For Scout Jack Powell Lightning Struck Twice




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CHICAGO—Jack Powell entered scouting as a bird dog for the Reds in 1974. Though he helped land Tom Browning as a part-timer in 1982, he still hadn't claimed a big leaguer all his own when he visited Chipola (Fla.) JC in the spring of 2000.

Little did he realize he was about to see the most talented player he would ever scout.

"I had no idea who he was," says Powell, 58, who was then with the Pirates and now with the Twins. "He wasn't very physical, but I liked his looseness and the way he went about everything. He showed some power, even for a kid who wasn't physically developed.

"I was down there early watching practice, and he was at shortstop taking groundballs. I knew he was a center fielder, but he really jumped out at me taking infield."

The Diamondbacks, Reds and Yankees had tried to sign Jose Bautista out of the Dominican Republic. He would severely sprain his ankle later in the spring of 2000, curtailing his production as a freshman. The Pirates drafted him in the 20th round that June, but he never got healthy enough to sign.

Rules at the time allowed teams to retain the rights to draftees who attended junior college. When Bautista returned to Chipola, healthier and 20 pounds stronger, Powell no longer was the only scout on his trail. Bautista hit 15 homers in 186 at-bats and threw 93-94 mph as a closer, making him a top-three-rounds prospect.

The Pirates inked Bautista for $500,000, the equivalent of late second-round money. In his post-signing report, Powell wrote: "This kid has a chance to hit 35 homers a year in the big leagues." It took Bautista six organizations and seven seasons to become a big league regular, but he has justified Powell's forecast by leading the majors in homers in each of the last two years.

"I never lost faith in Jose Bautista," Powell says. "I always had faith that he'd be able to hit and hit for power."

Lightning Strikes Twice

For almost any scout, signing Bautista would be the highlight of his career. For Powell—who also landed Jeff Bennett, Matt Capps, Jeff Keppinger and Steven Pearce for the Pirates—it might not be.

In 2006, the Rays hired Powell and assigned him to cover the Southwest. He was told what little talent came out of New Mexico high schools usually wound up at the state's colleges and junior colleges. In the first 40 years of the draft, just six players signed out of New Mexico high schools made it to the majors.

Nevertheless, Powell ventured to the state tournament in Albuquerque that May to get acclimated to his new area. There he spied an underdeveloped but athletic lefthander from Moriarty High.

"I fell in love with the way he competed and went after hitters," Powell says. "His velocity was a little erratic, but he got up to 92 (mph) and broke off a couple of very good curves. All that led me to believe there was something more in there."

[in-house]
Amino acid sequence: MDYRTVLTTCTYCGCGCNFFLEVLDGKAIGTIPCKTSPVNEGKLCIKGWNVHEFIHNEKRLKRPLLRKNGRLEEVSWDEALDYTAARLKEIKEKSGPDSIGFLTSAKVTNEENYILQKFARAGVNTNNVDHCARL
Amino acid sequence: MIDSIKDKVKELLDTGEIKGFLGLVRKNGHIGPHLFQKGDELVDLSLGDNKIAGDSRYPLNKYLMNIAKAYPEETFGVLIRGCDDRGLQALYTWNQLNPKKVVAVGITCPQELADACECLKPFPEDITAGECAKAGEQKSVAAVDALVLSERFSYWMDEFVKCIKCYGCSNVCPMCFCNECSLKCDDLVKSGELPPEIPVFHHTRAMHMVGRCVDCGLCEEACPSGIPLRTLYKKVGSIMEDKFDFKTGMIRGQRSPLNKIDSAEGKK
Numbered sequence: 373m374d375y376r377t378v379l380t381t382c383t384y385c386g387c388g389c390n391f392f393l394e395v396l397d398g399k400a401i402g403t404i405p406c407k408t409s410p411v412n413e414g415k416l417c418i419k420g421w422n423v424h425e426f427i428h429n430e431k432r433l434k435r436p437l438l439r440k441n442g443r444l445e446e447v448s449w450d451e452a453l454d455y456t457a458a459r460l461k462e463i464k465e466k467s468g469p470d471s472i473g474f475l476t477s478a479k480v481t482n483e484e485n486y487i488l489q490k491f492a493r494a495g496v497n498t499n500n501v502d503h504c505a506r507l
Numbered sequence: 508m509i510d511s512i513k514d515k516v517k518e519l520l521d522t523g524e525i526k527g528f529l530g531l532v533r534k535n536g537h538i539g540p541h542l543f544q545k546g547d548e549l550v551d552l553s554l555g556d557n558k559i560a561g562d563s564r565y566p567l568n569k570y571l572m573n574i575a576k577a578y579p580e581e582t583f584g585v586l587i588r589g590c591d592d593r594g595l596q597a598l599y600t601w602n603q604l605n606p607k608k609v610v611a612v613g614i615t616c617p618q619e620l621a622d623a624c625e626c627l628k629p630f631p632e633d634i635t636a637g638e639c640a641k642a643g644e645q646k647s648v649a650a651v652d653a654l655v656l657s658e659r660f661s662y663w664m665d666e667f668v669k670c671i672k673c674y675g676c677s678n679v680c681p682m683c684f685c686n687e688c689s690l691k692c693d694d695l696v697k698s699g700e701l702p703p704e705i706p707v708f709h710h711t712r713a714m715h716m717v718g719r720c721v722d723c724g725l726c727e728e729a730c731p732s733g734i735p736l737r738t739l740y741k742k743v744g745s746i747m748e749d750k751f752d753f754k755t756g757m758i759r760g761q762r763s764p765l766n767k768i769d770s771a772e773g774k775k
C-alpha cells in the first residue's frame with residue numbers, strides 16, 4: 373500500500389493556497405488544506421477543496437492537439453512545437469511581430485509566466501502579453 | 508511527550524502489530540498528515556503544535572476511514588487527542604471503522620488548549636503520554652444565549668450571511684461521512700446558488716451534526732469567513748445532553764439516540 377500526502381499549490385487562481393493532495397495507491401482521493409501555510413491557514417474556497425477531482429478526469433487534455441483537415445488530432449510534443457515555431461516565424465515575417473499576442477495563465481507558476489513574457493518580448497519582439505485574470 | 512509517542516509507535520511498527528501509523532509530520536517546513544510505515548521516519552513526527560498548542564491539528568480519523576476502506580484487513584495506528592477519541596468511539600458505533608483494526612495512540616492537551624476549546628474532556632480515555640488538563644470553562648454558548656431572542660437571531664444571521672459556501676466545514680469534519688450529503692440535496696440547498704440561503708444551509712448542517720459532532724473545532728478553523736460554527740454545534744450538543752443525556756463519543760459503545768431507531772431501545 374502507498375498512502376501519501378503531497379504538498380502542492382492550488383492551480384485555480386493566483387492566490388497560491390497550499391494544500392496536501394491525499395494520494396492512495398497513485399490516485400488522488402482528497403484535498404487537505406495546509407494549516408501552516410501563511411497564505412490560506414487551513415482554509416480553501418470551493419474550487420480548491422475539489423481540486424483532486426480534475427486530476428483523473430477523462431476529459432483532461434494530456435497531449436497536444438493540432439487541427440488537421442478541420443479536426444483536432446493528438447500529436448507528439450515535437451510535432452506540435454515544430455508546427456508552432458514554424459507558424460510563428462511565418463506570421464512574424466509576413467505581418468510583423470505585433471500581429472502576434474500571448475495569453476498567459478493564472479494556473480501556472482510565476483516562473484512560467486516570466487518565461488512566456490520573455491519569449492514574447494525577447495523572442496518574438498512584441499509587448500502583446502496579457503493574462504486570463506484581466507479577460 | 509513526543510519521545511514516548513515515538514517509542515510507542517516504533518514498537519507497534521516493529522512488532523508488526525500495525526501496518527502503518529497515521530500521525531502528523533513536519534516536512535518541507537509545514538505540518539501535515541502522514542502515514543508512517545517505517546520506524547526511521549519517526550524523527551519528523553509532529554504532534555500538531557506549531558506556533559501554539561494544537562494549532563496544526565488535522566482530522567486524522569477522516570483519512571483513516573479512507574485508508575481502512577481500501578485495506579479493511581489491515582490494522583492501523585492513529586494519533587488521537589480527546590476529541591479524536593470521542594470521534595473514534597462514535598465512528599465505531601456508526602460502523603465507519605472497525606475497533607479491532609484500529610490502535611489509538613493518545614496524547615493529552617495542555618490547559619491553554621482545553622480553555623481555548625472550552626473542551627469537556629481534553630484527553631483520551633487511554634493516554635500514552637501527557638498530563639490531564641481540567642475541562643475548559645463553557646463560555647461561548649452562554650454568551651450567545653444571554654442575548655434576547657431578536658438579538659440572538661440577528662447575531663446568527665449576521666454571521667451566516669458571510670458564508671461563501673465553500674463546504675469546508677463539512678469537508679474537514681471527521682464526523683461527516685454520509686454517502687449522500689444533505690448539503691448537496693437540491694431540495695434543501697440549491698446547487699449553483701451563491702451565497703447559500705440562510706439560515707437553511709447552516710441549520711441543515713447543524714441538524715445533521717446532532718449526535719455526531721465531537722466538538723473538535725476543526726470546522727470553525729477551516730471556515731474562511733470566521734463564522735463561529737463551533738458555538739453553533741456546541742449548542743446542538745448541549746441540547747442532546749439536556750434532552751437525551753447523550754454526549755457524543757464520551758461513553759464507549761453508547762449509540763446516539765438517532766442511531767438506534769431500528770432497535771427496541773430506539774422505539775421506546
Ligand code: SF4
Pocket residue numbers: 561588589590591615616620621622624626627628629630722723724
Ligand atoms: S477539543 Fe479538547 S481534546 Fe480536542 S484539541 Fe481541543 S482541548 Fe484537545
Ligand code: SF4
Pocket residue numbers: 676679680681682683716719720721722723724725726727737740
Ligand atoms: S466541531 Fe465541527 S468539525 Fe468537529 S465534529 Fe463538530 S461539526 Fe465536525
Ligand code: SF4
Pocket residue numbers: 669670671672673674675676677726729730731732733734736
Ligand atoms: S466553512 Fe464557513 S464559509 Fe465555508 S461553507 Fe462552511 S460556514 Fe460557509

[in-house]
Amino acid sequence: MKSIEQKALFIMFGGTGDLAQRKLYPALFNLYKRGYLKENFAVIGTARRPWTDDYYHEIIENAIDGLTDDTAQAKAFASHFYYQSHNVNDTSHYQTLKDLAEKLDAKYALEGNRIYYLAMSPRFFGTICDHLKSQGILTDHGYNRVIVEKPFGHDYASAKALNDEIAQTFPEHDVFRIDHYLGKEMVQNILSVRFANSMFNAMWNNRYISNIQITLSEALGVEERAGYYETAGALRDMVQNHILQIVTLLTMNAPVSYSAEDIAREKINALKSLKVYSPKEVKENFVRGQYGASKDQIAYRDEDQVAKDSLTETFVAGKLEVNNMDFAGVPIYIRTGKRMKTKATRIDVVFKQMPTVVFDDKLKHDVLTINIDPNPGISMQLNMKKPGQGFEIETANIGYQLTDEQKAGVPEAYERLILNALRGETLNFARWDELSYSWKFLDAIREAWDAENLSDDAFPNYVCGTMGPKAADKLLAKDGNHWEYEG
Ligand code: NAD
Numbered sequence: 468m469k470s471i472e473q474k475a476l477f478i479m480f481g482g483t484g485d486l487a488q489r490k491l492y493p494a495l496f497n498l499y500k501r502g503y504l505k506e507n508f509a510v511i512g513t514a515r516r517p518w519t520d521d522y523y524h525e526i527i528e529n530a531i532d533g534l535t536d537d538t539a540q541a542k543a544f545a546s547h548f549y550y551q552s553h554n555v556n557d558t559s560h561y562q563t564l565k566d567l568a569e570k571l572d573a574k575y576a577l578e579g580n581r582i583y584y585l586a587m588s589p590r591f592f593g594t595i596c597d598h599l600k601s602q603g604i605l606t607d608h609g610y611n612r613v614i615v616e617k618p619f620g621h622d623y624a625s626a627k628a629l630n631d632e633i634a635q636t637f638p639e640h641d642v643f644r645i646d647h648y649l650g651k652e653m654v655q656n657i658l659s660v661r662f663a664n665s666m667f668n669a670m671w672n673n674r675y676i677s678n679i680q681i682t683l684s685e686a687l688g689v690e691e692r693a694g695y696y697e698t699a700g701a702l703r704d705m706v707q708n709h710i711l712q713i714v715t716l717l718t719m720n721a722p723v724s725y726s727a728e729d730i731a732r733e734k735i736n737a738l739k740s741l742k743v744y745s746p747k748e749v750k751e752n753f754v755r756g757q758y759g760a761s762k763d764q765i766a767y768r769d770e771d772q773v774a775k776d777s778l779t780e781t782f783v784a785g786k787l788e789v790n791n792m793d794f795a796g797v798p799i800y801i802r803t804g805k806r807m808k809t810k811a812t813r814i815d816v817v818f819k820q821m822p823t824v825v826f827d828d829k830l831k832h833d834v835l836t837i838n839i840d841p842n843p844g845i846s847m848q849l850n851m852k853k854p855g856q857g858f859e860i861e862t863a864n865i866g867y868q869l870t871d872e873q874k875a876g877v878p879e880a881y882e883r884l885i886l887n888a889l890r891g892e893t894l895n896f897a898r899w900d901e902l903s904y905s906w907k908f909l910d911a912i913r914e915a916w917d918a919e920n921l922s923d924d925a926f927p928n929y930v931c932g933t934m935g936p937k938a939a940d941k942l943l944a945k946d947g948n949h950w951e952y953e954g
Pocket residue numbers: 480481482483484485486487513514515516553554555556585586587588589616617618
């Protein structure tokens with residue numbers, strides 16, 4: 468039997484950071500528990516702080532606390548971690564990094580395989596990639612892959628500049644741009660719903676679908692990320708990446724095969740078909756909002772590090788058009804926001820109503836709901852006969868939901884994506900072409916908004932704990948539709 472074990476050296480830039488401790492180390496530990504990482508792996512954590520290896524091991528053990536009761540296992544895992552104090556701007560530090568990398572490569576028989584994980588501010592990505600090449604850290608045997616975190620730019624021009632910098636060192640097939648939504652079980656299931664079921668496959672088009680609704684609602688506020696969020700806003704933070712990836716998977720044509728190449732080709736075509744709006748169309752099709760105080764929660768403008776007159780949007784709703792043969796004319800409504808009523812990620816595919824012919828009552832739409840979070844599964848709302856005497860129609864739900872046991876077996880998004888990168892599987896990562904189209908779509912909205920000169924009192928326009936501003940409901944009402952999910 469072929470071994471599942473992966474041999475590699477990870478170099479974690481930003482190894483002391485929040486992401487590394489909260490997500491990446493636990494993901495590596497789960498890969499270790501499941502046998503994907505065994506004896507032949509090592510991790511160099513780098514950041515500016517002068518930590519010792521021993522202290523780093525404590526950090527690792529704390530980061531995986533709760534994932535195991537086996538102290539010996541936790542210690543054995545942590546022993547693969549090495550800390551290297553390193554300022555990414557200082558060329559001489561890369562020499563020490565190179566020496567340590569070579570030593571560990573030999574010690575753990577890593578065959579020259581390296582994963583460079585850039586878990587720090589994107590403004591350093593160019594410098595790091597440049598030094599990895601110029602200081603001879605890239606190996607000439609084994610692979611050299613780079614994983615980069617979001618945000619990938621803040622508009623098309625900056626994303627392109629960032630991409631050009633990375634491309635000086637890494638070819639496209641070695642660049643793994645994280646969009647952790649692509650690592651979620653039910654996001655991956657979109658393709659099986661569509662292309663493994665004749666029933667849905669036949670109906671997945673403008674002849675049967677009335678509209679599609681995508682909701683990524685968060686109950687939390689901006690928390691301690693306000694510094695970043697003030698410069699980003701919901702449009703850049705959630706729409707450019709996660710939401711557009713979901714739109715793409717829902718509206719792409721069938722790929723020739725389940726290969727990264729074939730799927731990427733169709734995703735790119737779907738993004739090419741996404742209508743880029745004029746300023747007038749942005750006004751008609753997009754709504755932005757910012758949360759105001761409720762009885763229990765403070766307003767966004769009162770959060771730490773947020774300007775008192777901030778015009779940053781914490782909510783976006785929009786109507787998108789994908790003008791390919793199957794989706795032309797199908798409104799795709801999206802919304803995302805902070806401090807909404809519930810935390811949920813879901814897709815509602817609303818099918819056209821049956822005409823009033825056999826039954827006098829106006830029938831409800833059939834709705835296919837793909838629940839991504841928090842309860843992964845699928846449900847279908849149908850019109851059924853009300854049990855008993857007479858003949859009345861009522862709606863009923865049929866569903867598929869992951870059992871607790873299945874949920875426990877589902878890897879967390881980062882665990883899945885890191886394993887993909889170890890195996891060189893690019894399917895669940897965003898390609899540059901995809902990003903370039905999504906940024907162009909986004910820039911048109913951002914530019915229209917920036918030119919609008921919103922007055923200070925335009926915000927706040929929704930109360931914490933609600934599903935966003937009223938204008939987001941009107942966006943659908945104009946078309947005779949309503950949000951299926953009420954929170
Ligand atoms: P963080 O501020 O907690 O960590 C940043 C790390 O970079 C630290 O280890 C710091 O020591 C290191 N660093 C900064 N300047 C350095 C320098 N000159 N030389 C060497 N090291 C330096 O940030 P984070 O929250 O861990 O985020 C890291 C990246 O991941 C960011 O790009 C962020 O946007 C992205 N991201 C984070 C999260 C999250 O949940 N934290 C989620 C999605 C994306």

Powell continued to follow Matt Moore during the summer and watched him play football in the fall. He looked forward to Moriarty's 2007 season opener.

Moriarty is 6,000 feet above sea level, and with the wind whipping down the Rocky Mountains, it can be an inhospitable pitching environment early in the year. On a near-freezing day, Powell and several other scouts saw Moore top out at 88 mph in the first start of his senior year. Many crossed him off their lists.

"I kept going back and kept going back," Powell says, "and the more I went back, the fewer scouts I saw there. It just took a while for his velocity and breaking ball to get back up there. Every time, he kept getting better."

Though Moore hit 92 mph consistently by the end of the spring, most clubs believed he'd join his brother Bobby at the University of New Mexico. Powell knew he was signable and that the Rays could wait to select him. He projected Moore to develop an above-average fastball, curveball and control with at least an average changeup and command.

During the draft, the Cubs inquired of Moore whether he'd be willing to sign in the eighth round. Because of the relationship Powell had built with the Moores, the family tipped him off and Tampa Bay grabbed Moore with the first choice that round, two picks ahead of Chicago. He signed for $115,000.

Now the game's top pitching prospect, he has developed each of his pitches to a grade better than Powell dreamed. Moore won his first major league start with five scoreless innings at Yankee Stadium last September before blanking the Rangers in the American League Division Series opener.

As physically gifted as Bautista and Moore are, Powell points to another shared trait as the key to their success.

"Matt's stuff is totally ridiculous, but I also love the way he challenges hitters and he's a quality, top-shelf kid," Powell says. "I really felt Jose was special, and he never got down on himself.

"It's all about makeup."